• Helen Phillips

Rapid Results to Combat Runger

Yes, Runger is a thing!

Runger [ruhng-ger] noun 1. an overwhelming compelling need or desire for vast quantise of food, usually formed from simple sugars, fats and complex carbohydrate after running. 2.the painful sensation or state of weakness caused by the immediate need to eat 'all the food': to pass out or collapse from runger. 3. a shortage of food in the house due to piss poor pre run planning; bring Bob Geldof now ... cake and carb famine.

When runger strikes it usually means you've had a great workout. If you've recently upped your mileage or started a new hardcore speed training programme you're going to need more food to fuel your runs, so being hungry after training is to be expected.

But if you're constantly hungry after running it might be time to reevaluate your overall nutrition and lifestyle.

Here are my tips for Rapid Results to Combat Runger.

Don't load up on junk

It's so tempting when you've had a long day at work, then a speedy track session to grab the nearest processed quick fix for dinner. However many processed and pre prepared foods are lacking in vital nutrients. They might provide you with an immediate carb hit, but after a hard training session your body needs nutrients, not just calories, so will be craving real food not just an immediate hit of processed carbs.

Cakes, biscuits, sweets and high GI carbs might be tempting, but they will cause a spike in your blood sugar levels which will then crash leaving you ravenous again! Instead go for whole grains which take longer to digest and provided a more sustained release of energy.

Eat an overall balanced diet

Make sure your underlying diet is balanced and includes plenty of lean protein, starchy carbohydrate from whole-grains, healthy fats, fruit and vegetables. Protein and fat take longer to digest and make you feel full for longer and higher fibre fruit and vegetables will provide you with essential nutrients and fibre for good gut health.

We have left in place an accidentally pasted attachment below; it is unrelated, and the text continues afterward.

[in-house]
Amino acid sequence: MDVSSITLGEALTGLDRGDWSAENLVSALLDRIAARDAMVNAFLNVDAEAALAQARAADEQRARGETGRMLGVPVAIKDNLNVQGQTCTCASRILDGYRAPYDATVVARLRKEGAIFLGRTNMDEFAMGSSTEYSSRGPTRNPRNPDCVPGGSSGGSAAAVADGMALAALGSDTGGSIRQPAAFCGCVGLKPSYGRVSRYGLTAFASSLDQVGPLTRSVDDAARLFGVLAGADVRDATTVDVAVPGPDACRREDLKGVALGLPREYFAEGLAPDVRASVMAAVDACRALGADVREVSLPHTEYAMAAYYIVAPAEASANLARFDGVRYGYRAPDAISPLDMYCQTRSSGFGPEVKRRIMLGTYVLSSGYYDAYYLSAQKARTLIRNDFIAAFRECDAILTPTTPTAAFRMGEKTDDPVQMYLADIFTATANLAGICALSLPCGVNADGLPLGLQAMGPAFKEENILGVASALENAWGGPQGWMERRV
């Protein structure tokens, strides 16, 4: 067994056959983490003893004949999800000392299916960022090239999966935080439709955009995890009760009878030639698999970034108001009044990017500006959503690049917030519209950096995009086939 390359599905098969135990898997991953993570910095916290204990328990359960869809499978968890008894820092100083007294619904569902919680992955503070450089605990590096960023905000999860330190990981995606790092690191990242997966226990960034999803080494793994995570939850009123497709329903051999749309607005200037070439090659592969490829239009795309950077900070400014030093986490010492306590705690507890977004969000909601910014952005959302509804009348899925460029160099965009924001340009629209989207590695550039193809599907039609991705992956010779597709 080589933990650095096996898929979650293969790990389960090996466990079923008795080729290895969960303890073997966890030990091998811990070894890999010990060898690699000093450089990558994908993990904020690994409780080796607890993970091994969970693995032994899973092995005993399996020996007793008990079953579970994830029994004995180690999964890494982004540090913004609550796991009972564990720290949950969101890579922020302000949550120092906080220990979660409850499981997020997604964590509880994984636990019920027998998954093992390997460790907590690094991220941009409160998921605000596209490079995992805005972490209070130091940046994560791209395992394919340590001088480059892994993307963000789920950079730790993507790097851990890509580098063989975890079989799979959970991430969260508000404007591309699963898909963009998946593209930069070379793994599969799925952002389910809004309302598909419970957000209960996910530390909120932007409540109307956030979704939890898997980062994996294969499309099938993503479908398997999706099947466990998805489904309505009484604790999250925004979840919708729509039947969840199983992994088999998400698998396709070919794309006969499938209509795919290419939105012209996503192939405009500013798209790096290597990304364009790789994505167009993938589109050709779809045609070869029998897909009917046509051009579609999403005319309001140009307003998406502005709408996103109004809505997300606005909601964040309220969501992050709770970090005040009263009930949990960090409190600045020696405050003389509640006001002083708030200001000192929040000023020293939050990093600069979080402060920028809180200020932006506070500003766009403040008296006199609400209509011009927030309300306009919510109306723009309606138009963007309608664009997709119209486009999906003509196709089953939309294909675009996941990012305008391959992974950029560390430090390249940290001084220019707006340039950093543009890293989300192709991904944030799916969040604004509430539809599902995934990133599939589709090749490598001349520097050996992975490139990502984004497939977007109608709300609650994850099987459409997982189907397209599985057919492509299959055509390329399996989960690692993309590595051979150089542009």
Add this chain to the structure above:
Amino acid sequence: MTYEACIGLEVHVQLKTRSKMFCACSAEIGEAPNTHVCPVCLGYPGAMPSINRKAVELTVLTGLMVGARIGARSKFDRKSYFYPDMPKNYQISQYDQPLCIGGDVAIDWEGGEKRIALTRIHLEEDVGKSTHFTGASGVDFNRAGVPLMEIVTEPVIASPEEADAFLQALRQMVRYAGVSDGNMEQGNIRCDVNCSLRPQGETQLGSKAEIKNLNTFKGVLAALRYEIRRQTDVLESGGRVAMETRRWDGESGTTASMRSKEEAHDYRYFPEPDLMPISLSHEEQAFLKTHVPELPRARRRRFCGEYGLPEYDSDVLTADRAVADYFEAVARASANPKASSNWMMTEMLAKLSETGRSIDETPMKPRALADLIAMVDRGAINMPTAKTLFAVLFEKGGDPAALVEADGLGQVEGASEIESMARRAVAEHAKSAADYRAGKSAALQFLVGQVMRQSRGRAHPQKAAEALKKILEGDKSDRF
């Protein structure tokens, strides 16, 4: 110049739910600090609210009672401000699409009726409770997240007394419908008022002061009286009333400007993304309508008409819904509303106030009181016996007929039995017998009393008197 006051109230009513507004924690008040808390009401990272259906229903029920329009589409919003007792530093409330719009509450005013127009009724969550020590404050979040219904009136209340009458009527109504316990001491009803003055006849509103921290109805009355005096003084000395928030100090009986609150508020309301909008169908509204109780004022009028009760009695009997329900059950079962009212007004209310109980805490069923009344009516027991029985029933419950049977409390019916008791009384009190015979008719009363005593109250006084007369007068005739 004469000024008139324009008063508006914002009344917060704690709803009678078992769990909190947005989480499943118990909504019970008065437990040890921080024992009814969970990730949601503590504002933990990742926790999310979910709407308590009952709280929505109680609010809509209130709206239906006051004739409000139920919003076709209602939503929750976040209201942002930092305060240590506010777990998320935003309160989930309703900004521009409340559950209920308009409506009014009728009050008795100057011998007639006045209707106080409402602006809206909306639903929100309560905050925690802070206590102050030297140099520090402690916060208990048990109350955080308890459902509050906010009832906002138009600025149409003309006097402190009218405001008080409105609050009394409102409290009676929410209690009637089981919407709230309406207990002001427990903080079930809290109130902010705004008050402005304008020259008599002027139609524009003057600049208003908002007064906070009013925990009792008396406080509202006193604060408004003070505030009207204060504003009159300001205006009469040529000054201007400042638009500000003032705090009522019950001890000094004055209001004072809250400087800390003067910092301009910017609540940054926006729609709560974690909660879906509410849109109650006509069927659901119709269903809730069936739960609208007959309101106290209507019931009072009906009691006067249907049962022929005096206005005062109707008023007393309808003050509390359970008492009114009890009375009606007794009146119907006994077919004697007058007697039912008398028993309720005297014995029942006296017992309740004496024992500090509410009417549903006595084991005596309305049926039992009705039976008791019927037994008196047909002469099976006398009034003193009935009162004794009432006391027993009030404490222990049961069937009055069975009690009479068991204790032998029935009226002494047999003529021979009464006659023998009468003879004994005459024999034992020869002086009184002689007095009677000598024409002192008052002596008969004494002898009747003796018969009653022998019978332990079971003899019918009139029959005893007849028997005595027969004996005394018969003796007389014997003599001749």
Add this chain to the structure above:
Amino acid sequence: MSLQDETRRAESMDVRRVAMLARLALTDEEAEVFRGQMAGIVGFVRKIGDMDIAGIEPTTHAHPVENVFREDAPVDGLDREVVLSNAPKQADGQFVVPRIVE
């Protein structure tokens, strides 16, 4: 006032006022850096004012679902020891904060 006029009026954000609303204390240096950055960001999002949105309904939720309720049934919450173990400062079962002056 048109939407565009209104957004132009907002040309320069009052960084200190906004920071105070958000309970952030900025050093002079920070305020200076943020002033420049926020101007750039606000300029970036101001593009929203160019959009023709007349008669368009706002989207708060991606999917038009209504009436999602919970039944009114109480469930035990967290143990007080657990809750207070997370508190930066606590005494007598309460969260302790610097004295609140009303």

Make sure you eat protein and healthy fats at all meals. So eat eggs for breakfast, have a nutritious lunch that includes protein such as tuna, chicken or pulses and a dinner with lean protein, carbohydrate and plenty of vegetables.

Plan your meals

If you've got no time to shop, prepare and cook food during the week, it might be worth spending a little time when you're less frantic at the weekend thinking about what you are going to eat over the week. Plan meals and shop for ingredients in advance. If you wait until you are hungry before working out what you're going to eat, you're much more likely to make poor food choices and grab the nearest sausage roll! Always load up your trolley with plenty of fruit and veg and healthy snacks, so you've always got something good to keep you going when runger hits.

Plan your snacking

If you've increased your training, or train after work late in the evening it's a great idea to get into the habit of including small healthy snacks into your days. Plan to eat smaller main meals and eat a healthy snack of a handful of nuts, vegetables with hummus or a banana with nut butter mid morning or afternoon to keep your blood sugar constant throughout the day.

If you're tempted by the work vending machine, try taking some balanced and nutritious snacks to work with you, such as nuts and seeds, oatcakes or rice cakes, or carrot, cucumber and celery sticks with humous.

Make sure you're properly hydrated

Do you drink enough water? When you’re dehydrated you can confuse that with hunger. Keep a bottle of water with you to sip on throughout the day. Don’t wait until you are dying of thirst to drink.

But are you really hungry?

Make sure you are actually hungry, and not just bored or thirsty before you dive into the fridge. Get good at recognising when you are actually hungry. Distract yourself and wait for a few minutes see if you are still hungry before diving to the fridge for a snack.

If you need to tune up your diet for training take a look at Eat Right for Running. It's jam packed full of information and useful tips to improve your diet for running.

Let's do this folks!

Helen, Cheesecake Runner x

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